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What’s the deal with variable corn yields?What’s the deal with variable corn yields?

Corn Source: 2017 corn growing season brought a whole host of issues to deal with.

October 24, 2017

3 Min Read
A CLOSER LOOK: This year is a good example of when to look at hybrid yields within a field instead of a hybrid’s average yield across the entire farming operation. Looking at only the average yield for 2017 will not give the whole picture of what happened.

By Mike Witt

From drought to floods and extreme summer heat to early-season cold planting conditions, this year’s weather threw a wrench into almost all farmers’ plans for a great crop. However, it’s not all doom and gloom here at harvest. There are good yields to be found in fields based on decisions made throughout the season.

The main quote I hear from farmers is: “My yields can go from 40 to 240 on the monitor in the same pass. What’s the deal?” We’ll discuss what happened and how to use the knowledge gathered this year to make better selections for the future.

The “deal” is from field to field and acre to acre, corn hybrids have been challenged by compounding factors. There is not one catch-all explanation that describes 2017, as fields were hit with multiple challenges. Taking the approach of looking at the full season on individual fields will allow you to use this year to help improve your decision-making. Some of the decisions made by farmers that seemed small this year actually had a large impact. Few blanket statements can be made, which is why this season has been so challenging.

Big yield differences across smaller areas
One of the main factors influencing 2017, as with all seasons, is rainfall. However, this year Mother Nature threw us curveballs of big differences across smaller geographies. For example, many times there were differences of 2 to 3 inches of rain within miles. This happens somewhere every year, but there were more examples than normal in 2017. These differences were compounded by a challenging planting season and early field conditions across the Midwest, and temperature variances throughout the season.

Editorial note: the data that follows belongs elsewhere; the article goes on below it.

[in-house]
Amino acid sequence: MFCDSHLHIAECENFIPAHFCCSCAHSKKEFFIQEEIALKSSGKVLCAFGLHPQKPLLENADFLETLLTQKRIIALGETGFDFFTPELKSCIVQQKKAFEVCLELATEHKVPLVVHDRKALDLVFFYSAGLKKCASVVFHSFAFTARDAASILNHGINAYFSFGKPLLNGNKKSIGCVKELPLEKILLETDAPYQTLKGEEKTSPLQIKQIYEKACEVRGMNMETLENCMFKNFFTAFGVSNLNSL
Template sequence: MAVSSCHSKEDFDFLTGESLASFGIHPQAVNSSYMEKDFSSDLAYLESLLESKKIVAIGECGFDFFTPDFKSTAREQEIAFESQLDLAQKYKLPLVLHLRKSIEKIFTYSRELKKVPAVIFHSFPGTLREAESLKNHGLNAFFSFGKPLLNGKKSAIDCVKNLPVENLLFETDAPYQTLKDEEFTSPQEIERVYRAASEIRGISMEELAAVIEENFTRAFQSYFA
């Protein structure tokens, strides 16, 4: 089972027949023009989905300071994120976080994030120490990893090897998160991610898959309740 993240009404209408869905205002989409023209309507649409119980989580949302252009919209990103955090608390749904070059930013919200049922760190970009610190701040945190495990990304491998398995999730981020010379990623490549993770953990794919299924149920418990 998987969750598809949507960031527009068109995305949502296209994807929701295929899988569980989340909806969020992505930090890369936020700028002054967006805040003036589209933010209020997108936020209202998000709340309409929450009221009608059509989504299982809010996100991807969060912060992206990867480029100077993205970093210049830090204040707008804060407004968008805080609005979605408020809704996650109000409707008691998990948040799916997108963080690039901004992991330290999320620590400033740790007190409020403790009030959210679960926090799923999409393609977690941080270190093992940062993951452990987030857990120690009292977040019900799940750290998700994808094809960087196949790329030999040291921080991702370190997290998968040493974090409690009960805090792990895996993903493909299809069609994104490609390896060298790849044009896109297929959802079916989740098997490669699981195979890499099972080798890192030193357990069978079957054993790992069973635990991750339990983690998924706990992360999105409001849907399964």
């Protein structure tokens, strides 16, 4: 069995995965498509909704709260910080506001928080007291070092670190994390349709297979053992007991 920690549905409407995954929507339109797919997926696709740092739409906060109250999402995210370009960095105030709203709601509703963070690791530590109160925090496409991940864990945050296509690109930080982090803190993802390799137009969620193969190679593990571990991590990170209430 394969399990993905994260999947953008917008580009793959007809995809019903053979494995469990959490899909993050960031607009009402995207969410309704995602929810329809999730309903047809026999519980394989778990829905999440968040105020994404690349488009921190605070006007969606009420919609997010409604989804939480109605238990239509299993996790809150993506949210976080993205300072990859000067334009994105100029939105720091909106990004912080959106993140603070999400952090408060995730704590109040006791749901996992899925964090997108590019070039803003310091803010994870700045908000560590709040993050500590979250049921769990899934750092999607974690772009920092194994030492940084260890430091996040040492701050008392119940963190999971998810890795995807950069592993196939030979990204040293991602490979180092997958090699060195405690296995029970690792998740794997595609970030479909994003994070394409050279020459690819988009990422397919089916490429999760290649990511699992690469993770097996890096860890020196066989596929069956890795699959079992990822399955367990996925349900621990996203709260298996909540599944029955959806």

Extreme heat occurred in areas during a critical time of corn pollination in July affecting kernel establishment. Timing of this extreme heat was a large factor in yield, with hybrids that flowered before or after this heat event being more productive. This one event made the case for planting date being a large factor in yield this season.

Weather wasn’t the only factor involved as untimely field planting decisions, herbicide application delays, herbicide-resistant weeds, nitrogen deficiencies and certain diseases were prevalent. However, the main catalyst of the yield variance this year was the corn hybrids and their environmental interaction. Weather allowed the other, normally less noticeable issues to have a larger impact, creating the compounding effects farmers are seeing.

Selecting corn hybrids to plant next year
So how do farmers use these differences to assist in selecting corn hybrids in the future? As to my knowledge, no one can accurately predict the weather for a full season yet. This 2017 season is a prime example of when to look at hybrid yields within a field instead of across the entire farming operation. Just looking at the average yield at the end of this season for a hybrid will not give the whole picture of what happened.

Take the weather data obtained for each field and compare it to what the hybrids accomplished within that field. You’ll discover certain hybrids could handle the differing conditions better than others. Make sure to also note that disease pressure, final stands, ear fill and stalk quality may differ on a field-by-field basis, but also within the same corn hybrid. Using all these factors for next season when selecting genetics that are from similar families, you’ll have personal information on what the hybrids will do in your fields.

The statement, “the best defense is a good offense,” applies in this situation. Knowing the yield potential and yield consistency of a hybrid allows you to assess the risk involved with each hybrid. No one can accurately predict the weather with certainty, but farmers can select hybrids they know perform either well or poorly in multiple environmental conditions. Even though 2017 will not go down as a bumper crop year, there is still valuable data to be gathered to prepare to make a run at a bin busting crop in 2018.

Witt is the Iowa State University Extension field agronomist for west central Iowa. Contact him at [email protected].



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